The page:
Viruses constantly adapt to and modulate the host environment during replication and propagation. Both DNA and RNA viruses encode multifunctional proteins that interact with and modify host cell proteins. While viral genomes were the first complete sequences known, the corresponding proteomes are only now elucidated, with some surprising results. Even more daunting is the task to globally monitor the impact of viral infection on the proteome of the host cell and many technical hurdles must still be overcome in order to facilitate robust and reproducible measurements. Further complicating the picture is the dynamic nature of proteins, including post-translational modifications, enzymatic cleavage and activation or destruction by proteolytic events. Nevertheless, several promising studies have been published using high-throughput methods directly measuring protein abundance. Particularly, quantitative or semiquantitative mass spectrometry-based analysis of viral and cellular proteomes are now being used to characterize viruses and their host interaction. In addition, the full set of interactions between viral and host proteins, the interactome, is beginning to emerge, with often unexpected interactions that need to be carefully validated. In this review, we will discuss two major areas of viral proteomics: first, virion proteomics (such as the protein characterization of viral particles) and second, proteoviromics, including the viral protein interactomics and the quantitative analysis of host cell proteome during viral infection.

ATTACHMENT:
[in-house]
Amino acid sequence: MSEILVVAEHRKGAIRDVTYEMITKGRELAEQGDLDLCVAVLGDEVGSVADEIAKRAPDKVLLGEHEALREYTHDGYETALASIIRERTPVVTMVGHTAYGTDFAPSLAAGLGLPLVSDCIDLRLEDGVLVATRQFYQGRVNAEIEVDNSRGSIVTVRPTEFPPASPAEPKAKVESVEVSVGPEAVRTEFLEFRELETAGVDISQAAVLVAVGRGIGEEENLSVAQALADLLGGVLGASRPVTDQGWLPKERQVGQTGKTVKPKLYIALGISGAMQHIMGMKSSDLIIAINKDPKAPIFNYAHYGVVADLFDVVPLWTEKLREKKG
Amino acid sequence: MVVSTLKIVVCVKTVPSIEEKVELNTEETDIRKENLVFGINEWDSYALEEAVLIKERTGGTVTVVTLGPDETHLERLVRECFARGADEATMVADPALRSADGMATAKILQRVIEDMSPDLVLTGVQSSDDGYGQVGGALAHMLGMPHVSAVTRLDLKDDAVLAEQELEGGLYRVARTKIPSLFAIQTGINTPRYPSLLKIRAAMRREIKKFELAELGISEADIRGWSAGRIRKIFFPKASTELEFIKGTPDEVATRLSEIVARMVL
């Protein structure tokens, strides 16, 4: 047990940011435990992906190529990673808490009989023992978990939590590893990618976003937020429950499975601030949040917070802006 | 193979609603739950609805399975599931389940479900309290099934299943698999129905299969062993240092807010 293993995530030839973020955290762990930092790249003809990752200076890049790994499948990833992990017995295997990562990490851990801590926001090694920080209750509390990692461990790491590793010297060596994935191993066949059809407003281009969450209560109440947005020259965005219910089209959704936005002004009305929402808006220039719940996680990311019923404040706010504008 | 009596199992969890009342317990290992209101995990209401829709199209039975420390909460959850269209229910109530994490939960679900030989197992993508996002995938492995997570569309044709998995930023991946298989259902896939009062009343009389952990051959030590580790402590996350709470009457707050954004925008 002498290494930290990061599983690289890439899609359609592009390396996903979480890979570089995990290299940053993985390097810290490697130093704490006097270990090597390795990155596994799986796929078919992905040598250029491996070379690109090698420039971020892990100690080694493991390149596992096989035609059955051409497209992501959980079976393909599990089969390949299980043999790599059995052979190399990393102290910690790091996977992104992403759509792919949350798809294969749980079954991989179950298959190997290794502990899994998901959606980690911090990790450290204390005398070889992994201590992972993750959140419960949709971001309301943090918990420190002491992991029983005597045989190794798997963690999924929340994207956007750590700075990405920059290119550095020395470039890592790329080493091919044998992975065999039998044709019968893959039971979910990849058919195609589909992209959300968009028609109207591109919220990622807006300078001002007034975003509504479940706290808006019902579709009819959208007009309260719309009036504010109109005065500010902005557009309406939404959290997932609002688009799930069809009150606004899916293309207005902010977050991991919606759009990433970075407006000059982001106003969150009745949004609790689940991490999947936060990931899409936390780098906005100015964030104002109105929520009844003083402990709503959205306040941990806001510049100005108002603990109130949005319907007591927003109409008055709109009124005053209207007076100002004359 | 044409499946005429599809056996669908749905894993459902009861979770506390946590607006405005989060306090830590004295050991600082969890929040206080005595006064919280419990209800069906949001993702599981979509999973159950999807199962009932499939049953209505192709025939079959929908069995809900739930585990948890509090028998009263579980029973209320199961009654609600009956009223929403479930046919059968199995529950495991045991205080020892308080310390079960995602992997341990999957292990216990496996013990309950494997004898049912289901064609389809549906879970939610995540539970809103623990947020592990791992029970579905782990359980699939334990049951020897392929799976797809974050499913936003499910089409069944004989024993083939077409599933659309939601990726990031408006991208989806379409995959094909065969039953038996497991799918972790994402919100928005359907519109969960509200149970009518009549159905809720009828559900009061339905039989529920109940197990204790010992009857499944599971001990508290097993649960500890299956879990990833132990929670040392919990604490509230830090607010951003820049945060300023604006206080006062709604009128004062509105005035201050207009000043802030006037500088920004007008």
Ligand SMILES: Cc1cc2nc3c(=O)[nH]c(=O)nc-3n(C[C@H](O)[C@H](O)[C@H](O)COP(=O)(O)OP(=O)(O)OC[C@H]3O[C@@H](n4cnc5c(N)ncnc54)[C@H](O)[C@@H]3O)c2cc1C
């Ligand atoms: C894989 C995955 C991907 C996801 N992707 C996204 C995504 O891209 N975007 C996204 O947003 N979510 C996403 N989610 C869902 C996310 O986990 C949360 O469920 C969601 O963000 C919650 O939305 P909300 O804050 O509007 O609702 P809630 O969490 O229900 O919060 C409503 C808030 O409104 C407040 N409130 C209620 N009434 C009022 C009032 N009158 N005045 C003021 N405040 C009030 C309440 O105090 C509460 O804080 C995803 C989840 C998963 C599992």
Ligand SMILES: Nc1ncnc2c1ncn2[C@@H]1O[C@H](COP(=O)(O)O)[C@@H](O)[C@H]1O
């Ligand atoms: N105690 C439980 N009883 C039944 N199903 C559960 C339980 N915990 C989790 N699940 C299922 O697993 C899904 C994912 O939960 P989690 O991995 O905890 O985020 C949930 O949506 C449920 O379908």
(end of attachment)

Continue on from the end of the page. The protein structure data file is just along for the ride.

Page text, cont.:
- Liquid chromatography
- Matrix-assisted laser desorption/ionization
- Stable isotope labeling of amino acids in cell culture
- Tandem affinity purification
- Tandem mass spectrometry
ASJC Scopus subject areas
- Molecular Biology